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A grant is boosting civic reasoning and discourse at Marquette University

Professors said there is a 'thirst' to talk across difference

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Raynor Memorial Libraries
 Raynor Memorial Libraries at Marquette University. Photo courtesy of Marquette University.

At a time when Americans’ top description of the current state of politics is “divisive,” Wisconsin universities are looking for ways students can productively talk about public issues.

Marquette University faculty are developing a curriculum in civic reasoning and discourse skills for first year students. The goal is to address the need for students to learn how to weigh different points of view, critically examine evidence and productively engage with people they disagree with.

The curriculum was piloted last year and will expand in the fall semester. An almost $150,000 grant from the Arthur Vining Davis Foundations, a philanthropic organization, is advancing the project.

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A ‘dramatic’ need

The curriculum is structured around dialogue, deliberation and debate across a range of topics like climate change or artificial intelligence.

Amelia Zurcher, professor of English and one of the grant recipients, said there is a “dramatic” need at Marquette for productive problem solving.

“Students desperately want to talk about difficult issues with each other, they need to talk about them so that they can formulate really educated and rational and evidence-based views,” Zurcher said.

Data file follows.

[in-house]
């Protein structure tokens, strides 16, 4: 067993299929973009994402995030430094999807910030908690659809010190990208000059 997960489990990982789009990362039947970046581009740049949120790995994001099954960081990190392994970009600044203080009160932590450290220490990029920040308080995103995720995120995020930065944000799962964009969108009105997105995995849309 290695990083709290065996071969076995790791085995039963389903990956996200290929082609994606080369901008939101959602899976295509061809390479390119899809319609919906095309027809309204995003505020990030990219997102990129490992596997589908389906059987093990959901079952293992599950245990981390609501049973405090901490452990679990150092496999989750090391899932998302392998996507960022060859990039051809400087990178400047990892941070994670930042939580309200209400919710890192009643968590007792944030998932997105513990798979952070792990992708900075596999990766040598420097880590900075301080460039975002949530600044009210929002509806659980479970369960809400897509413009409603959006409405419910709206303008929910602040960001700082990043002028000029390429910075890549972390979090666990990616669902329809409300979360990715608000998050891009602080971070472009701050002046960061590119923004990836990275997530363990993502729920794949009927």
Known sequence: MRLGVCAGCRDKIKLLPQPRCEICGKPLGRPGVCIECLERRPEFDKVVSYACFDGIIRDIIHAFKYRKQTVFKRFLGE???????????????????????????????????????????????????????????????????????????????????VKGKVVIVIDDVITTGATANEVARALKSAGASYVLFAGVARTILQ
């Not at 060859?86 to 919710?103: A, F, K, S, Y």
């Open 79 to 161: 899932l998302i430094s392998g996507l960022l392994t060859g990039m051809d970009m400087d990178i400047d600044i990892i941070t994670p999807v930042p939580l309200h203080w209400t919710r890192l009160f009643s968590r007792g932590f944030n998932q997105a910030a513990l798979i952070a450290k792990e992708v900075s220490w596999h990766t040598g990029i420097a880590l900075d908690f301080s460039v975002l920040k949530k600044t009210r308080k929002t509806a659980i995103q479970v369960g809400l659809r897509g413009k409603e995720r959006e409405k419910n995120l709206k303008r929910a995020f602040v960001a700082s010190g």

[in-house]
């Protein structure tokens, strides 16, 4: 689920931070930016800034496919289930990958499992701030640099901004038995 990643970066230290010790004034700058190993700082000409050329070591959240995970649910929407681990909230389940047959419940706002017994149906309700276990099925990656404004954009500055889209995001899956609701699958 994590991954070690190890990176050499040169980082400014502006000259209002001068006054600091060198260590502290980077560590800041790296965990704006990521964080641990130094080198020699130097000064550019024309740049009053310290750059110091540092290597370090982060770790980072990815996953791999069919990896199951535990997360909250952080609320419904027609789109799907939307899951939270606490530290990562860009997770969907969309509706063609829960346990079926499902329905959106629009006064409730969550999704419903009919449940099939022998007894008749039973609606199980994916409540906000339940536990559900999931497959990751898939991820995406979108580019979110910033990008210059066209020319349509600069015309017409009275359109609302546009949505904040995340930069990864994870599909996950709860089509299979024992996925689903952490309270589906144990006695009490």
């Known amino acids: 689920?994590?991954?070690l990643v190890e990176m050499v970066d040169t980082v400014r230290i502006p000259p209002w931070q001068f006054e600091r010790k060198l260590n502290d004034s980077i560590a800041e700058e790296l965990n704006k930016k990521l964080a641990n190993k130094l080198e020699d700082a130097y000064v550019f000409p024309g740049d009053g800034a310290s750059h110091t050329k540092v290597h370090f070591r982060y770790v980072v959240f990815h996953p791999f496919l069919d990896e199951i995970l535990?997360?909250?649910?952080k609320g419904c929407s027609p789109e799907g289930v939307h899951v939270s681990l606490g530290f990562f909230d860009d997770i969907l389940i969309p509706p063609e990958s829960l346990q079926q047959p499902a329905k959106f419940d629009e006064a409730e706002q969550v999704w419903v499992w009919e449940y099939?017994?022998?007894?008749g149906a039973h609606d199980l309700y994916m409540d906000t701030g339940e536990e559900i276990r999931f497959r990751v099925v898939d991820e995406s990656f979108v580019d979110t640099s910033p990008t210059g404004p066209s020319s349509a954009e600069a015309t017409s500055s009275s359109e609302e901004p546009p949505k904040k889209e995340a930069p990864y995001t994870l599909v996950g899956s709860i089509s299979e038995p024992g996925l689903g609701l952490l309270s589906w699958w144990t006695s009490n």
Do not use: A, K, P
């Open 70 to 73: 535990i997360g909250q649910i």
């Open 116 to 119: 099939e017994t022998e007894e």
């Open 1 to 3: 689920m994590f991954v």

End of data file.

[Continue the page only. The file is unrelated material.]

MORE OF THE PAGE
In 2021, the Civic Learning and Democracy Engagement Coalition said civic inquiry and democracy engagement must be an expected part of a college education.

The Foundation for Individual Rights and Expression, a group promoting free speech on college campuses, found students at Marquette felt their speech was restricted.

Almost 60 percent of students say they are worried about damaging their reputation because someone misunderstands something they have said or done. More than half of the students surveyed said they have self-censored on campus at least once or twice a month.

Amber Wichowsky, chair of political science at Marquette and the other grant recipient, said the data reflects what she sees on campus.

“There is some concern that students are going to say the wrong thing, to be called out. There’s concern that they’re going to be misperceived by their peers by speaking up or articulating their preferences,” Wichowsky said.

Curriculum piloted in the Honors Program

Two courses piloted the curriculum last academic year. According to surveys, Wichowsky said students who took the course reported greater competence in resolving disagreements. Students also reported being more confident and comfortable participating in constructive dialogue and that they had learned something that changed how they understood a concept.

“So we really saw that as evidence of moving the needle, if you will, in a positive direction,” Wichowsky said.

The programming is building on the work of the Marquette Civic Dialogues Program. Since its launch in 2021, they have seen a growth in attendance. Wichowsky said the classroom is a place to have more conversations outside homogenous groups.

The curriculum will be the foundation for a first-year experience course in Marquette’s Core Curriculum that is currently being piloted in the Honors Program and is expected to launch more broadly in three years. 

The grant from The Arthur Vining Davis Foundations, taking effect July 1, will help expand the curriculum to reach more students, measure the program’s success and train more faculty and peer facilitators on how to implement the lessons.

John Churchill, director of programs at the nonprofit, said civil discourse in higher education has recently become one of the foundations’ priorities.

“Historically, higher education has been one of the places where Americans have learned to do (civil discourse) well,” Churchill said. “In at least some contexts in some kinds of classes, dialoguing across difference constructively is a very good way to learn the material.”

Zurcher said the skills taught in the class are necessary for a high-functioning democracy and workplace.

“Students come in, and they think leadership means getting everyone to think like you do,” she said. “And actually really good leadership is surfacing all the different perspectives and disagreements in the group.”

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